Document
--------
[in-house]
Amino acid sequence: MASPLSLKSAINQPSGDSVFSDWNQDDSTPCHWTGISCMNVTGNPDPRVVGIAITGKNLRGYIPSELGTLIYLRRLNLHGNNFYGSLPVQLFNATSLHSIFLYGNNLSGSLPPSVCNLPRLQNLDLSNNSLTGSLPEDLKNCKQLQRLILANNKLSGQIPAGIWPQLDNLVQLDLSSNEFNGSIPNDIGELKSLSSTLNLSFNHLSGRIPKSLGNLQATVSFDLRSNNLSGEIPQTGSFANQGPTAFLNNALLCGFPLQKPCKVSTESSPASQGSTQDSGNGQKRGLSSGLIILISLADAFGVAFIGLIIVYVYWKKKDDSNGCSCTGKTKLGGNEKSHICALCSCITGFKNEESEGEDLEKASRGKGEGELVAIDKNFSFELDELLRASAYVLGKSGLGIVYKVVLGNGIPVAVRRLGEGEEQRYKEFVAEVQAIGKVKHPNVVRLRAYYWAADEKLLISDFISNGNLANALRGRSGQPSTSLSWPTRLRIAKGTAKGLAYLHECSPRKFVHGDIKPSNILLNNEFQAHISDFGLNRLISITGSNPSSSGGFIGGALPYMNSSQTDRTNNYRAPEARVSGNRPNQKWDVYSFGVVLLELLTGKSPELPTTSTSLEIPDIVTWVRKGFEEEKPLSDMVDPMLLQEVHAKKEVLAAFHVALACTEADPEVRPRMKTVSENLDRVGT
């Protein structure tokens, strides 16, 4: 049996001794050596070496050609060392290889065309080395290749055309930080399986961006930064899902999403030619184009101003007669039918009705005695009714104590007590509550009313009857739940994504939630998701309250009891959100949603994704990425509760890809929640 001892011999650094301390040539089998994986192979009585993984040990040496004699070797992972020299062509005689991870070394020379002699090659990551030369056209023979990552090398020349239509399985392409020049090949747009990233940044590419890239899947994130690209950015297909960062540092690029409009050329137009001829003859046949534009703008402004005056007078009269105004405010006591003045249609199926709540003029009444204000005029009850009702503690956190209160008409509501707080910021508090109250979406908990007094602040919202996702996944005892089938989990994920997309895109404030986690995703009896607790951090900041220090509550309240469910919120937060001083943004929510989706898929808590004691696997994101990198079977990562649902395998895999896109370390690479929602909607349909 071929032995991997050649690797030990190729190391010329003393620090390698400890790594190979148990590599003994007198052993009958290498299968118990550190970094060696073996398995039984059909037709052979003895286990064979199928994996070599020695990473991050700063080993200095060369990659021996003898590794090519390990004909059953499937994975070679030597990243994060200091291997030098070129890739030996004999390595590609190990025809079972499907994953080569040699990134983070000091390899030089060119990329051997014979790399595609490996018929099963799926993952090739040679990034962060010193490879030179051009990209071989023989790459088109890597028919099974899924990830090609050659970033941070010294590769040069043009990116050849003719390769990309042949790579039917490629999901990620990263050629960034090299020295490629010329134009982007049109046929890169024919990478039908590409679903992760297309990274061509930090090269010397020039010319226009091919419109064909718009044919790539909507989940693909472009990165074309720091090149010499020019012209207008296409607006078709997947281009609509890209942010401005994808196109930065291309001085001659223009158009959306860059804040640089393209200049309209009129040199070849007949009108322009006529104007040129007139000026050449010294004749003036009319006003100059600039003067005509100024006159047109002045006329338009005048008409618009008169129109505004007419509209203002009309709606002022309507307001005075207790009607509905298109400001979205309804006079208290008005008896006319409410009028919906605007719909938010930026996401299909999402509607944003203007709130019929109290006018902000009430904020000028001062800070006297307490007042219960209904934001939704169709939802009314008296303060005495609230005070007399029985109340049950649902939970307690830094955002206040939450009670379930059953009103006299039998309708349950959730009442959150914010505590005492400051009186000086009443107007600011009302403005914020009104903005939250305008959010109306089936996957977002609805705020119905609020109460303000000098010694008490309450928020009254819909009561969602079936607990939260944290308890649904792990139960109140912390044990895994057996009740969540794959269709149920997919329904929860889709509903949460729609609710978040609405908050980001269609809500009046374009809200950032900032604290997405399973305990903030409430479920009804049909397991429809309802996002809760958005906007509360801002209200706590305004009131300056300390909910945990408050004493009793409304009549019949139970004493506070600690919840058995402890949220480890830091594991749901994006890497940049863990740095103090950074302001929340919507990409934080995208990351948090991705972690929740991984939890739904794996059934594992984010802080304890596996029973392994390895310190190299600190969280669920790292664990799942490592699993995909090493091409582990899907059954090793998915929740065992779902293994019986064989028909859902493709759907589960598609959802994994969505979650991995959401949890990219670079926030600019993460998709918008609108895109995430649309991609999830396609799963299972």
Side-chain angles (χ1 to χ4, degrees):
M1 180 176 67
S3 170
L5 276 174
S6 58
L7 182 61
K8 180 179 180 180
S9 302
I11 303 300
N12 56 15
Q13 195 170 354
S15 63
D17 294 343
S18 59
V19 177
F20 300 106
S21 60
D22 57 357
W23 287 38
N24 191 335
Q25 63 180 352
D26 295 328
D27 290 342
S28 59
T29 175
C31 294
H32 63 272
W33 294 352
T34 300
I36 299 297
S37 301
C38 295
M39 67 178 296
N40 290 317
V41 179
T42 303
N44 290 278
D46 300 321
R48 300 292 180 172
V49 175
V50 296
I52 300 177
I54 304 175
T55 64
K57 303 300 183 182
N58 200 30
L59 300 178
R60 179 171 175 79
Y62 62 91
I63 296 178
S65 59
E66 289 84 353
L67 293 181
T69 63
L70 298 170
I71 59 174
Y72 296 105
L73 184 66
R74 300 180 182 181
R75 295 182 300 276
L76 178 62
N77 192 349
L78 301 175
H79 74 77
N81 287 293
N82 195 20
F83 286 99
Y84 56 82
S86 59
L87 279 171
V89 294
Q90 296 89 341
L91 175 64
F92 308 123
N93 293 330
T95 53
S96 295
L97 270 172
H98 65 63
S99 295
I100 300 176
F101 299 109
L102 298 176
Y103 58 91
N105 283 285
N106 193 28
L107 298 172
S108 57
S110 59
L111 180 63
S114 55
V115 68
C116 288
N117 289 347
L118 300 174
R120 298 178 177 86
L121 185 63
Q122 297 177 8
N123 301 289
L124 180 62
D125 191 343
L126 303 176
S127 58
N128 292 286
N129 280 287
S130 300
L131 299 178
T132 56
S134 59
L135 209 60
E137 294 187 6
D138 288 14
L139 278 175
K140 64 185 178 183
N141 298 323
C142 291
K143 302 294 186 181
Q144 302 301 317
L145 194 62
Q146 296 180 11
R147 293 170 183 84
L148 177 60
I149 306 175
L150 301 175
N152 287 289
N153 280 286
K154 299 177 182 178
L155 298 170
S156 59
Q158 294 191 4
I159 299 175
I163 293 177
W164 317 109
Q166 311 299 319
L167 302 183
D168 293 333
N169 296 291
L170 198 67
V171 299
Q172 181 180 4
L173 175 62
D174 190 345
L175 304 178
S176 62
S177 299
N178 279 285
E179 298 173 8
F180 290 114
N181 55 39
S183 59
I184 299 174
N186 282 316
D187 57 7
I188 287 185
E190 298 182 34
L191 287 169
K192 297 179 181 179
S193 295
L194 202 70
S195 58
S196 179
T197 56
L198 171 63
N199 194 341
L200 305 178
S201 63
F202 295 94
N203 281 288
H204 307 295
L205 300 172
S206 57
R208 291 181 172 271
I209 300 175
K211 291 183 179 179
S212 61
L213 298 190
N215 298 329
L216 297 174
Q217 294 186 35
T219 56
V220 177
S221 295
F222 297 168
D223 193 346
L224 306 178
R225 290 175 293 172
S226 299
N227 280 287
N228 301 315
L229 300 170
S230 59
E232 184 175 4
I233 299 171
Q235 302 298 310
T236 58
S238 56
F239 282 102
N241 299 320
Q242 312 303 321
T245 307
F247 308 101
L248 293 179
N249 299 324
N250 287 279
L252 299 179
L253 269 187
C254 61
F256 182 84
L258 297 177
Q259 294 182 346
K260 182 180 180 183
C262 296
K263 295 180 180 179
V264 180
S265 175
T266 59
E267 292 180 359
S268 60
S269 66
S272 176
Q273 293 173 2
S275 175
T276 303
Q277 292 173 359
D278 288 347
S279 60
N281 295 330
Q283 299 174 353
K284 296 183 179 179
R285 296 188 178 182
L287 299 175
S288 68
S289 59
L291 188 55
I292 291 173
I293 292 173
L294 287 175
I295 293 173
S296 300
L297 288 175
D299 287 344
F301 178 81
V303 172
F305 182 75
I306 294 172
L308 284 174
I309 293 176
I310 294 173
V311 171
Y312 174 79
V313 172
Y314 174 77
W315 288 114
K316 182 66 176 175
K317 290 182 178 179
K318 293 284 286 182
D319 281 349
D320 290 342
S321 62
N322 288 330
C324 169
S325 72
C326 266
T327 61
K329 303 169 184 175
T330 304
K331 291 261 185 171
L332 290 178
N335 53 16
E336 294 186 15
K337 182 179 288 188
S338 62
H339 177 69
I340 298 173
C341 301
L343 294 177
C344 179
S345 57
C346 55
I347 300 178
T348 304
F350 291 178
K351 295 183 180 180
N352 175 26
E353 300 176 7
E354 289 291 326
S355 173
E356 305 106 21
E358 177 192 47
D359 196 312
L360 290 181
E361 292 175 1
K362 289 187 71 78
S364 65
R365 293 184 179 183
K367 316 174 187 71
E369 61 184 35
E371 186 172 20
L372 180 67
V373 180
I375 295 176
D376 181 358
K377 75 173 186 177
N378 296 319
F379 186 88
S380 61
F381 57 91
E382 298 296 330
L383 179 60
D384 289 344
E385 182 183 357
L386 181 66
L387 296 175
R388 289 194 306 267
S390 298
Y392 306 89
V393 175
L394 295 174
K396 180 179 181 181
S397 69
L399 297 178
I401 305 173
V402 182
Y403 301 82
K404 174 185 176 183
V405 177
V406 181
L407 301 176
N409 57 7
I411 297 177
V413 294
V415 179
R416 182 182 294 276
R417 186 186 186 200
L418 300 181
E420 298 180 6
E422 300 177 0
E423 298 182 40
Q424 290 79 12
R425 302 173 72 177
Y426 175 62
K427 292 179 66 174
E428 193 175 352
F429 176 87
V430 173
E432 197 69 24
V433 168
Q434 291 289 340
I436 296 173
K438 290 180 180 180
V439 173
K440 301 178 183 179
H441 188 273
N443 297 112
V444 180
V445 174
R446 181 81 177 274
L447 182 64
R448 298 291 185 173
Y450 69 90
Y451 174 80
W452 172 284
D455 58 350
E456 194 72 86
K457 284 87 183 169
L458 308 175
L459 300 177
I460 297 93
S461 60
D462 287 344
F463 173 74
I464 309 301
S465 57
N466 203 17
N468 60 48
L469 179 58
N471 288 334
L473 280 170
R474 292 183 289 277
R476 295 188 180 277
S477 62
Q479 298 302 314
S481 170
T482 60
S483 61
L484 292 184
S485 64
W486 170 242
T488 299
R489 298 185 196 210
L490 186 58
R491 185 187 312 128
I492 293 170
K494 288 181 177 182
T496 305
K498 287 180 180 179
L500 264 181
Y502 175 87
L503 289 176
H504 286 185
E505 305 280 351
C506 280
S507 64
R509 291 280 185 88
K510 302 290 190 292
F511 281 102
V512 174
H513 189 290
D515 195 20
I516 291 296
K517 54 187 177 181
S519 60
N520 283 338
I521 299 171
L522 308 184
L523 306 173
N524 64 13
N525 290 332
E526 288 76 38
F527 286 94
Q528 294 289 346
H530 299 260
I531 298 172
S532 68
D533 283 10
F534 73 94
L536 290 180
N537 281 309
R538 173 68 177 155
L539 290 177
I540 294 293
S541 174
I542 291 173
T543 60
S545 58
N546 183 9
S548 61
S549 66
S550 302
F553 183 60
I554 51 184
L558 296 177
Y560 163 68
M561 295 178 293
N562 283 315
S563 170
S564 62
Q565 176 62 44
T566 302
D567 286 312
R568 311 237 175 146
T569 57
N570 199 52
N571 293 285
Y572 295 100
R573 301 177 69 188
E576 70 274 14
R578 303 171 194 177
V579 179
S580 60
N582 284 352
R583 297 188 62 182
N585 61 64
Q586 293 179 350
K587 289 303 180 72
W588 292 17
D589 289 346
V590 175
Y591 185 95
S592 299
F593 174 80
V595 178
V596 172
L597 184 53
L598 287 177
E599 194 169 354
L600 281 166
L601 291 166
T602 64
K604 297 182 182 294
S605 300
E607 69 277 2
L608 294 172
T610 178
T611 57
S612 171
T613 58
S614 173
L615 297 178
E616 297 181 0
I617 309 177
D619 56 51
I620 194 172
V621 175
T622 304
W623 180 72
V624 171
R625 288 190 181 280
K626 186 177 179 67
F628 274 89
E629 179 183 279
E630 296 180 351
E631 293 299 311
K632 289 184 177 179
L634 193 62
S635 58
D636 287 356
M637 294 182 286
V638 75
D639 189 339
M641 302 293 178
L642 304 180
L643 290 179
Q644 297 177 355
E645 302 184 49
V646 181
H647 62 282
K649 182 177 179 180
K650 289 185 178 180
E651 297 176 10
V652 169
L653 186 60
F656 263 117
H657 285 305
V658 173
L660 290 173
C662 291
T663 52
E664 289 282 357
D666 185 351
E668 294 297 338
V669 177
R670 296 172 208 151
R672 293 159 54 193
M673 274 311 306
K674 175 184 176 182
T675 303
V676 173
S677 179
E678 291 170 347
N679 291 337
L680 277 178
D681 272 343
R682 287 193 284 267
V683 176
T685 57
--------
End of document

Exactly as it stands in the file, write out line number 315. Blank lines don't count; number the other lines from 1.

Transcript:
L386 181 66